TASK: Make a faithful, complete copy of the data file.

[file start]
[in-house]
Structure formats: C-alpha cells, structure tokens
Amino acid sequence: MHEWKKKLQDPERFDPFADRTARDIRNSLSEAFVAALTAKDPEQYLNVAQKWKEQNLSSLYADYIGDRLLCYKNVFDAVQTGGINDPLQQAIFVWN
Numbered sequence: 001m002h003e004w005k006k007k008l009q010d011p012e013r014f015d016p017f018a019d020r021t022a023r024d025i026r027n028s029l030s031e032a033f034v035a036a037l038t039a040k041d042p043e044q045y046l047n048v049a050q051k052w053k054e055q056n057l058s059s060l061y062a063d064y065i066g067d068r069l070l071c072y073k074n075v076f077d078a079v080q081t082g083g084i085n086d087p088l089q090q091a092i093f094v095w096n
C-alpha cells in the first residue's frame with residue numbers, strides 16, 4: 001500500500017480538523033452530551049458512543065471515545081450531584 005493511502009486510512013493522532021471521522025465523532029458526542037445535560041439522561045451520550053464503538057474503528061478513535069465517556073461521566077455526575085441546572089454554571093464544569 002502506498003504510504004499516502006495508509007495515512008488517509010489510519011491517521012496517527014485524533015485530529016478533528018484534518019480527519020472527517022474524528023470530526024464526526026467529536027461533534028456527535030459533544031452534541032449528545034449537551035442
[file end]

[in-house]
Structure formats: C-alpha cells, structure tokens
Amino acid sequence: MHEWKKKLQDPERFDPFADRTARDIRNSLSEAFVAALTAKDPEQYLNVAQKWKEQNLSSLYADYIGDRLLCYKNVFDAVQTGGINDPLQQAIFVWN
Numbered sequence: 001m002h003e004w005k006k007k008l009q010d011p012e013r014f015d016p017f018a019d020r021t022a023r024d025i026r027n028s029l030s031e032a033f034v035a036a037l038t039a040k041d042p043e044q045y046l047n048v049a050q051k052w053k054e055q056n057l058s059s060l061y062a063d064y065i066g067d068r069l070l071c072y073k074n075v076f077d078a079v080q081t082g083g084i085n086d087p088l089q090q091a092i093f094v095w096n
C-alpha cells in the first residue's frame with residue numbers, strides 16, 4: 001500500500017480538523033452530551049458512543065471515545081450531584 005493511502009486510512013493522532021471521522025465523532029458526542037445535560041439522561045451520550053464503538057474503528061478513535069465517556073461521566077455526575085441546572089454554571093464544569 002502506498003504510504004499516502006495508509007495515512008488517509010489510519011491517521012496517527014485524533015485530529016478533528018484534518019480527519020472527517022474524528023470530526024464526526026467529536027461533534028456527535030459533544031452534541032449528545034449537551035442